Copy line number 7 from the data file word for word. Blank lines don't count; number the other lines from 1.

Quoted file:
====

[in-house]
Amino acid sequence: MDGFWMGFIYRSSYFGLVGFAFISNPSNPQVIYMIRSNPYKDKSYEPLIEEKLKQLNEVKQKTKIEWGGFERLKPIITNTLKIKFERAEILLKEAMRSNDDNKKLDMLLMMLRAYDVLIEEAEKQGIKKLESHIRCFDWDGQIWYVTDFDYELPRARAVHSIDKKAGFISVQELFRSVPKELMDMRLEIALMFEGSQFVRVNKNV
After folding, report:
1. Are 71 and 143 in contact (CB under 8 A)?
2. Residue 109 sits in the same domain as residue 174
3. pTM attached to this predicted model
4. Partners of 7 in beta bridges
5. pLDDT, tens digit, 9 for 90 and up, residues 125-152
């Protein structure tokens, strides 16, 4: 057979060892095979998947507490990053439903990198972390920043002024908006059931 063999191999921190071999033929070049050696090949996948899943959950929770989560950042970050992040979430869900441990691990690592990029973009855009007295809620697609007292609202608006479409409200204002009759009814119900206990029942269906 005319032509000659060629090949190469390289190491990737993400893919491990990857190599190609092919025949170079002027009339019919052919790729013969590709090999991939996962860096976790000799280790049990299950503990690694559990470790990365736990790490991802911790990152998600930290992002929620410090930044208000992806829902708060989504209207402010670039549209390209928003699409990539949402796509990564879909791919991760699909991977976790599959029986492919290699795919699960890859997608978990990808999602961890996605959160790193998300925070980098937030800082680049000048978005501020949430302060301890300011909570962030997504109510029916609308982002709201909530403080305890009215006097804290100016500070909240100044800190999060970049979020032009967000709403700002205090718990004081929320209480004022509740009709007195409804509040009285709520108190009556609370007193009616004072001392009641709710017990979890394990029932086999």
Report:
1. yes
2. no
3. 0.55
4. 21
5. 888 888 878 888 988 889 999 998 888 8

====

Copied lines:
4. Partners of 7 in beta bridges